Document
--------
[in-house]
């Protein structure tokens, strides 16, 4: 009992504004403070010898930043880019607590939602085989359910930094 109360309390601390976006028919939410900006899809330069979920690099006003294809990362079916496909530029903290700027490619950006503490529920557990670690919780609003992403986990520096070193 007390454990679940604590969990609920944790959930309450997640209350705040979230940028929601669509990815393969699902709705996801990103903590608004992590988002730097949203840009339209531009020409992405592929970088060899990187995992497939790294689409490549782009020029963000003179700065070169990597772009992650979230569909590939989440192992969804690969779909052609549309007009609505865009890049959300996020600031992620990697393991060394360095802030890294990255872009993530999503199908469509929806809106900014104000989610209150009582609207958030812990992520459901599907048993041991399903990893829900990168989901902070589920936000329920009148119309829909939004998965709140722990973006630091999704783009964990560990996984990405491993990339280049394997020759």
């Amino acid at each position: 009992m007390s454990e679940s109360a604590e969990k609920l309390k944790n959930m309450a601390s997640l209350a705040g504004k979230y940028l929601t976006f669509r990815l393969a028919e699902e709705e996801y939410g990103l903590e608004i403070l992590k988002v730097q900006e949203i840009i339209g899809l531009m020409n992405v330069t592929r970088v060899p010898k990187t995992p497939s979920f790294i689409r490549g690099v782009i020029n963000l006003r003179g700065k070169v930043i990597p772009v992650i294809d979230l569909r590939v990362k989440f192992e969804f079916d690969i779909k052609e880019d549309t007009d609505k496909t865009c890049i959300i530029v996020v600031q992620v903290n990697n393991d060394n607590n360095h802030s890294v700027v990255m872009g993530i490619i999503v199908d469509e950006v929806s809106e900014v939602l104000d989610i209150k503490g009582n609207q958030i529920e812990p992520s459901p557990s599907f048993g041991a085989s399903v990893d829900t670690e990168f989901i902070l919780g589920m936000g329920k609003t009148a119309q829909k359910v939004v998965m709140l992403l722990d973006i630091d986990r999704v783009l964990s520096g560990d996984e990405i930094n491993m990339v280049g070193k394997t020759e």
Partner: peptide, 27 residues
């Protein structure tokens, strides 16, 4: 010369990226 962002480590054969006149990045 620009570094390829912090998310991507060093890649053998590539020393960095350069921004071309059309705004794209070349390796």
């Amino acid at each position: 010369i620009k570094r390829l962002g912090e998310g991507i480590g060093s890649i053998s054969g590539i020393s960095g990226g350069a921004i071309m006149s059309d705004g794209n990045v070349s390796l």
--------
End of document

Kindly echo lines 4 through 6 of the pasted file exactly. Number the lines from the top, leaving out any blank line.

Partner: peptide, 27 residues
């Protein structure tokens, strides 16, 4: 010369990226 962002480590054969006149990045 620009570094390829912090998310991507060093890649053998590539020393960095350069921004071309059309705004794209070349390796």
């Amino acid at each position: 010369i620009k570094r390829l962002g912090e998310g991507i480590g060093s890649i053998s054969g590539i020393s960095g990226g350069a921004i071309m006149s059309d705004g794209n990045v070349s390796l």